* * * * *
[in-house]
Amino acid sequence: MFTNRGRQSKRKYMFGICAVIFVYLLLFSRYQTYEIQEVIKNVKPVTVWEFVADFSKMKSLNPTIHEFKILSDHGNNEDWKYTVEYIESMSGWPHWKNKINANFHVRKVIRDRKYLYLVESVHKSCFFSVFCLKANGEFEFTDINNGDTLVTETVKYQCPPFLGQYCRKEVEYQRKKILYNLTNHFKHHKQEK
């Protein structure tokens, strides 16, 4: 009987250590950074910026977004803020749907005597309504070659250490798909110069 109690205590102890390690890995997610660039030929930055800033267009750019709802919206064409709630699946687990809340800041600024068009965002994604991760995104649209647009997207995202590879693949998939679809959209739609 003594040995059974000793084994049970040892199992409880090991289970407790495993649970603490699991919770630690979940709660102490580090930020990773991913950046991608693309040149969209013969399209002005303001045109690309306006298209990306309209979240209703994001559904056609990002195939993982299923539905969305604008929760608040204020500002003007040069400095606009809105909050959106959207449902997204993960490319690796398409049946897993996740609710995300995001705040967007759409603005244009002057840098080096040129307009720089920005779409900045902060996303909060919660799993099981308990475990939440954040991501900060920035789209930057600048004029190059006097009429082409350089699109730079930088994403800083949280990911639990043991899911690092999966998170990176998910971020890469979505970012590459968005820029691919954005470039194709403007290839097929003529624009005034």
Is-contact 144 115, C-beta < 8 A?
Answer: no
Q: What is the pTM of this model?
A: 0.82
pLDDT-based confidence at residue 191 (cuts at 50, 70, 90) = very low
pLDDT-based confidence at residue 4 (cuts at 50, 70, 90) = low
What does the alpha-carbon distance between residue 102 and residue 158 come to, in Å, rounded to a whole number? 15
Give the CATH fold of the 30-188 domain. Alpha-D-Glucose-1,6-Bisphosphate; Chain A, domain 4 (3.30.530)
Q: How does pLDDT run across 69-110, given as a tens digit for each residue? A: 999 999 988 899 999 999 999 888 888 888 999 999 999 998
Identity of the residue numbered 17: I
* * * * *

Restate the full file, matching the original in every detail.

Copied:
[in-house]
Amino acid sequence: MFTNRGRQSKRKYMFGICAVIFVYLLLFSRYQTYEIQEVIKNVKPVTVWEFVADFSKMKSLNPTIHEFKILSDHGNNEDWKYTVEYIESMSGWPHWKNKINANFHVRKVIRDRKYLYLVESVHKSCFFSVFCLKANGEFEFTDINNGDTLVTETVKYQCPPFLGQYCRKEVEYQRKKILYNLTNHFKHHKQEK
């Protein structure tokens, strides 16, 4: 009987250590950074910026977004803020749907005597309504070659250490798909110069 109690205590102890390690890995997610660039030929930055800033267009750019709802919206064409709630699946687990809340800041600024068009965002994604991760995104649209647009997207995202590879693949998939679809959209739609 003594040995059974000793084994049970040892199992409880090991289970407790495993649970603490699991919770630690979940709660102490580090930020990773991913950046991608693309040149969209013969399209002005303001045109690309306006298209990306309209979240209703994001559904056609990002195939993982299923539905969305604008929760608040204020500002003007040069400095606009809105909050959106959207449902997204993960490319690796398409049946897993996740609710995300995001705040967007759409603005244009002057840098080096040129307009720089920005779409900045902060996303909060919660799993099981308990475990939440954040991501900060920035789209930057600048004029190059006097009429082409350089699109730079930088994403800083949280990911639990043991899911690092999966998170990176998910971020890469979505970012590459968005820029691919954005470039194709403007290839097929003529624009005034």
Is-contact 144 115, C-beta < 8 A?
Answer: no
Q: What is the pTM of this model?
A: 0.82
pLDDT-based confidence at residue 191 (cuts at 50, 70, 90) = very low
pLDDT-based confidence at residue 4 (cuts at 50, 70, 90) = low
What does the alpha-carbon distance between residue 102 and residue 158 come to, in Å, rounded to a whole number? 15
Give the CATH fold of the 30-188 domain. Alpha-D-Glucose-1,6-Bisphosphate; Chain A, domain 4 (3.30.530)
Q: How does pLDDT run across 69-110, given as a tens digit for each residue? A: 999 999 988 899 999 999 999 888 888 888 999 999 999 998
Identity of the residue numbered 17: I